FOM: Re: "home truths": what is foundational and what is not

Michael Thayer mthayer at
Sat Nov 1 22:47:52 EST 1997

It is with some trepidation that I sned this note.  Steve has kindly allowed
me to join this group despite my being neither professional mathematician
nor philosopher, nor barber.

I  am a computer consultant who reads mathematics and philosophy for
pleasure, and am interesting in some of the (as yet undelivered) promises of
this list.

Steve has said:

>>I want to try to clear the air.  ...
 This is a good idea.

>My view is that we do have a good working definition on
>the table, namely my definition in
>in terms of the hierarchy of concepts.

On the contrary, my view is that this DOES NOT  form an acceptible working
definition for many on this list.
For my self, I see nothing in point 1. of Steve's paper that is even
plausible.  It also seems that many others have difficulties with some of
the underlying ideas that inform Steve's definition.  In particular,
structuralists (and many category theorists, etc.) do not believe in a
closed hierarchy of ideas.  Their view is similar to Hilbert's
chair-table-mug comment about geometry.

>There is an obvious need for a concept of "foundational" such as this
>one.  Moreover, I submit that this concept of "foundational" is
>entirely consistent with the way "foundational" and "foundations of X"
>have been used for the last 150 or 200 years in the general
>academic/scientific community.  For example, it's entirely consistent
>with Hilbert's use of the term in his two-volume work on f.o.m.,
>"Grundlagen der Mathematik" ("Foundations of Mathematics").

This is possible true, but there is also a long history of the notion that
foundational/fundamental/radical study of any field is aimed at
clarification, not reduction.  It may be that reduction is possible, but the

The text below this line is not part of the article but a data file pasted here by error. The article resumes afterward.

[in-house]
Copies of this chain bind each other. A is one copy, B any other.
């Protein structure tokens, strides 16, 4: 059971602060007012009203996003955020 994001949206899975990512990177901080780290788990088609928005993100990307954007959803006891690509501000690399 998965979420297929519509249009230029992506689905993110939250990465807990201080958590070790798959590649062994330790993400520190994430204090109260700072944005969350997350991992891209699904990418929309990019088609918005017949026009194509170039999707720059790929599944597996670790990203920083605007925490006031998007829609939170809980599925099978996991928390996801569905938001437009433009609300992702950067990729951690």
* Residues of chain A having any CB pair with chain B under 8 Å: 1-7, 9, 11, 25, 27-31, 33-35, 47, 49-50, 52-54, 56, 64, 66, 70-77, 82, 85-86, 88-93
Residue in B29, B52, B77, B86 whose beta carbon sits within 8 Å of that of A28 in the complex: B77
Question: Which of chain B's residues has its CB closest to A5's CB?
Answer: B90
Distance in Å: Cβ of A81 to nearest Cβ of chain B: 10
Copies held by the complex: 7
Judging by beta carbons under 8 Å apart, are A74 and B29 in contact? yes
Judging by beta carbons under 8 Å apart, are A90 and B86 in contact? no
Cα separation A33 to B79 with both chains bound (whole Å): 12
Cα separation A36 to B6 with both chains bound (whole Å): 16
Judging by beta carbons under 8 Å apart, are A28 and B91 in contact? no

hierarchy that Steve posits may look like some non-founded set.

>The exchange here on the FOM list has many positive aspects, but one
>of the annoying aspects is the behavior of people such as Anand, who
>just don't get it.  Anand (1) exhibits hostility to my definition of
>"foundational" (he finds it "cultish"); (2) offers no explanation of
>what's wrong with my definition of "foundational"; (3) offers no
>alternative definition of "foundational";

Let me try to rephrase what I think Anand (and some others ) are complaining
As to (1):
The definition is 'cultish' because it smacks of Objectivism, and
Objectivism is thought by some to be a cult.
I think that the first part of this is true, but the second is overly harsh.
As to (2):
Not everyone can swallow the simple hierarchy of concepts that is required
for the definition to go thru.  There seems to be some historical evidence
that implicit definition is as useful as explicit definition.  The former is
typical of the sturcturalist view; the latter of the reductionist view.
As to (3):
My personal offering would be that something is of foundaitonal interst when
it shows that something which has always been thought of in one way, can
also be concieved in a totally different way.  This seems to square with
many of Anand's examples and may be what he is getting at.

After a further discussion, Steve closes with
>I hope that most people here on the FOM list can agree with the "home
>truths" or fundamental points about f.o.m. that I have made above.  If
>we can agree on these "home truths", then we can go on from there to
>discuss more exciting matters, e.g. current issues and programs in
>f.o.m.  If we can agree on these "home truths", then we will not have
>to spend all our time defending the entire subject of f.o.m. against
>attacks from people who just don't get it.

I would suggest that a more modest goal is equally acceptable.  But before
doing so, let me digress by way of illustration.  While at Harvard in the
early 60's I had many opportunities to hear B.F. Skinner and some of his
followers debate with various cognitivist  critics.  These discussions were
characterized by a talking-past-each-other that matches much of what as
appeared on this list (I have read all the archives, and so should be fairly
up to date).  My view was that Skinner was claiming far more than he could
prove, but that his critics were ignoring some very clear and definitive
results he had achieved, and which needed understanding within their own

Now to my suggestion.  I would hope that even those who are not sure they
can agree with the metaphysical underpinnings that drive Steve's interest in
foundation could still accept his program as a useful attempt to see how far
the search for fundamental concepts can go.  Even is Steve is ultimately
unable to show that his fundamental concepts are not replaceable by others
which serve equally well, the attempt is highly useful as a reductio

In this spirit, I agree to accept Steve's "home truths" for the purposes of
discussion, and to move on to something else.


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